author = "Yuqiang Bi and Westerband, {Edward I.} and Absar Alum and Brown, {Frank C.} and Morteza Abbaszadegan and Kiril Hristovski and Hicks, {Andrea L.} and Paul Westerhoff",
year = "2018",
month = "1",
day = "1",
doi = "10.1021/acssuschemeng.8b02639",
language = "English (US)",
journal = "ACS Sustainable Chemistry and Engineering",
issn = "2168-0485",
publisher = "American Chemical Society",

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T1 - Antimicrobial Efficacy and Life Cycle Impact of Silver-Containing Food Containers

AU - Bi, Yuqiang

AU - Westerband, Edward I.

AU - Alum, Absar

AU - Brown, Frank C.

AU - Abbaszadegan, Morteza

AU - Hristovski, Kiril

AU - Hicks, Andrea L.

AU - Westerhoff, Paul

PY - 2018/1/1

Y1 - 2018/1/1

N2 - Food loss and waste due to spoilage represents a critical global challenge to sustainable food consumption and production in a resource constrained world. Silver (Ag) has been used in food storage applications to reduce the food spoilage rate through its antimicrobial properties. However, the efficacy and safety of commercial silver-treated food storage containers are not well characterized regarding the potential life cycle implications of their design and application. This study aims to determine the antimicrobial efficacy and quantify silver leaching from a commercial container product containing micronized silver particles over simulated washing and end-of-life landfill disposal. The leached silver results were then used for examining the environmental impacts of the product at 10 impact categories. With a loading of 8.8 ± 0.6 Ag μg/g in polymer matrix, the silver-containers were ineffective in inhibiting the growth of common foodborne pathogens. After four washing cycles, the containers only released <0.25% of the total silver content in the presence or absence of dishwasher detergent. Regardless of detergent usage, dissolved silver was the predominant form of released silver due to oxidative dissolution of migrated silver nanoparticles (nAg). The application of toxicity characterization leaching procedure (TCLP) on the washed containers resulted an insignificant silver leaching below the 5 mg/L federal standard for landfill waste disposal. Life cycle assessment (LCA) indicates a slight increase (1-1.4%) of the overall environmental impact of silver-enabled food storage container compared to the nonsilver counterpart. Overall, we argue that it may not be worth the additional environmental cost to incorporate micronized silver in the containers studied. More effort is needed to improve the efficacy to extend the shelf life of foodstuffs through better product design and nanomaterial application.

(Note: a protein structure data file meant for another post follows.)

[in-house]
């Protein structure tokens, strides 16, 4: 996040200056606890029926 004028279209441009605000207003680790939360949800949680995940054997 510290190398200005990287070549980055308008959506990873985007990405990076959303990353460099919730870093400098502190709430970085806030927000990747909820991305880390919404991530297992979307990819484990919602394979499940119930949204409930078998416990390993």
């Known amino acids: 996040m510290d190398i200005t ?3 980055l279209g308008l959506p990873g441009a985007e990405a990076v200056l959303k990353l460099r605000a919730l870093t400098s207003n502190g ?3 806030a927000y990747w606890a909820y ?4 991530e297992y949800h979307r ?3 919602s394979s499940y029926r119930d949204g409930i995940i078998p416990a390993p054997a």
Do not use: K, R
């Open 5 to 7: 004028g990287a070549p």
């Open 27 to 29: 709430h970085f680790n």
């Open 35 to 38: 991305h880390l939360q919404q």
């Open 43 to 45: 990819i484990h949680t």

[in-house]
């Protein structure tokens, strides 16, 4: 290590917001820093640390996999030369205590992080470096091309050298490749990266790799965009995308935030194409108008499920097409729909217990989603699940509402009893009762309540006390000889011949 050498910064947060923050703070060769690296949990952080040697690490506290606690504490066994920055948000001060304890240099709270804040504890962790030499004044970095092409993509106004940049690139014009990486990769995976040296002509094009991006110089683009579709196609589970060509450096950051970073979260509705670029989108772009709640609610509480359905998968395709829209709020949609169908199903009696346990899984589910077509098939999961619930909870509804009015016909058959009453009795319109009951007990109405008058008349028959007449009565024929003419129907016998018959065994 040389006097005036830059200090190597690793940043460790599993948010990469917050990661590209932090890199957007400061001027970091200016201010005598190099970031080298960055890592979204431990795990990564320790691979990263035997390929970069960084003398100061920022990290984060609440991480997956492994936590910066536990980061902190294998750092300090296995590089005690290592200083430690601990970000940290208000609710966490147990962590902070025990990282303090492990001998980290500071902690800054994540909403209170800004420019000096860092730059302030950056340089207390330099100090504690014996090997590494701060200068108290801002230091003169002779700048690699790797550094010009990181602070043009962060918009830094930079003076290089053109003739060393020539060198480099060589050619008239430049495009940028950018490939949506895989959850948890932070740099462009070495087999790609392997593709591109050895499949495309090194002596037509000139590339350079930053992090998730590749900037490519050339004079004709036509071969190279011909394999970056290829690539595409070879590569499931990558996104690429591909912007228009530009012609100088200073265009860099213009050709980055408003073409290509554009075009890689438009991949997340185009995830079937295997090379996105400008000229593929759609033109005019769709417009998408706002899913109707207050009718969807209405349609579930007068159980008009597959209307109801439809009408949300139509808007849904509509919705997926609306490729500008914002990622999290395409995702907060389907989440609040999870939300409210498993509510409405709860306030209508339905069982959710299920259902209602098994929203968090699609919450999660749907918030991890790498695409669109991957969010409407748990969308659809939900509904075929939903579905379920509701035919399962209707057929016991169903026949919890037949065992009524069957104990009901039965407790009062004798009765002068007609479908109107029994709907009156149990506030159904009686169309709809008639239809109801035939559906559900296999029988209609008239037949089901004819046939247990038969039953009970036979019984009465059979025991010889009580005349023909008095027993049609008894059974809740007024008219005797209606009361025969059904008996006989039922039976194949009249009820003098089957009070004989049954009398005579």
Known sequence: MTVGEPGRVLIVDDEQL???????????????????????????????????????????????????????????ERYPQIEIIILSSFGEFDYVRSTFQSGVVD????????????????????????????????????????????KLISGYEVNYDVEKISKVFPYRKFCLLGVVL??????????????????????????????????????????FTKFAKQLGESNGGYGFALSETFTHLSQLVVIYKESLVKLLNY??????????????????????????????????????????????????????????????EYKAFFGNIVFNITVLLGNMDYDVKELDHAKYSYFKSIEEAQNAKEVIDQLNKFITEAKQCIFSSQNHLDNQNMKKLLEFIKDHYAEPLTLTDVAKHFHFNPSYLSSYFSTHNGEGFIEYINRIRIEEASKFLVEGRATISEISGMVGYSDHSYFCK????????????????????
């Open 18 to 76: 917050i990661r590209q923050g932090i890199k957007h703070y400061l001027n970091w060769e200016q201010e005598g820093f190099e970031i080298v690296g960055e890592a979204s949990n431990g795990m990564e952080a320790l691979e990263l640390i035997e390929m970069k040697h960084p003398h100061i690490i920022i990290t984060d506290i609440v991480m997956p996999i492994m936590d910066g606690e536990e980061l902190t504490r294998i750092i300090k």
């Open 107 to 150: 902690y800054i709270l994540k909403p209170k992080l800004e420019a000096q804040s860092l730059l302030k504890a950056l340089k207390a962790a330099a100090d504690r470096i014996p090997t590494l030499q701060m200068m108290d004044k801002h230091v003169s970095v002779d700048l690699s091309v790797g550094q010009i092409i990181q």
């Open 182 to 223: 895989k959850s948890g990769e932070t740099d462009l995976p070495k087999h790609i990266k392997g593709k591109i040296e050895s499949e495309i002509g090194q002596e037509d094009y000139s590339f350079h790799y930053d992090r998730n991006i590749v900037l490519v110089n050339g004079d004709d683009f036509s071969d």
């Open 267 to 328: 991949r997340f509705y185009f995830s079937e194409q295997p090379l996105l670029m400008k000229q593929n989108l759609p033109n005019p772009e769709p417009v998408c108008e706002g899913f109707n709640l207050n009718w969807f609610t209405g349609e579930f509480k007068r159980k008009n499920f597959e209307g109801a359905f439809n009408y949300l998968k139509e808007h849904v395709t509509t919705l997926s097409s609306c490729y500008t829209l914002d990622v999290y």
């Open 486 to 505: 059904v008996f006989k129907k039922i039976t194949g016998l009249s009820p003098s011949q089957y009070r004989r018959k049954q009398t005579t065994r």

AB - Food loss and waste due to spoilage represents a critical global challenge to sustainable food consumption and production in a resource constrained world. Silver (Ag) has been used in food storage applications to reduce the food spoilage rate through its antimicrobial properties. However, the efficacy and safety of commercial silver-treated food storage containers are not well characterized regarding the potential life cycle implications of their design and application. This study aims to determine the antimicrobial efficacy and quantify silver leaching from a commercial container product containing micronized silver particles over simulated washing and end-of-life landfill disposal. The leached silver results were then used for examining the environmental impacts of the product at 10 impact categories. With a loading of 8.8 ± 0.6 Ag μg/g in polymer matrix, the silver-containers were ineffective in inhibiting the growth of common foodborne pathogens. After four washing cycles, the containers only released <0.25% of the total silver content in the presence or absence of dishwasher detergent. Regardless of detergent usage, dissolved silver was the predominant form of released silver due to oxidative dissolution of migrated silver nanoparticles (nAg). The application of toxicity characterization leaching procedure (TCLP) on the washed containers resulted an insignificant silver leaching below the 5 mg/L federal standard for landfill waste disposal. Life cycle assessment (LCA) indicates a slight increase (1-1.4%) of the overall environmental impact of silver-enabled food storage container compared to the nonsilver counterpart. Overall, we argue that it may not be worth the additional environmental cost to incorporate micronized silver in the containers studied. More effort is needed to improve the efficacy to extend the shelf life of foodstuffs through better product design and nanomaterial application.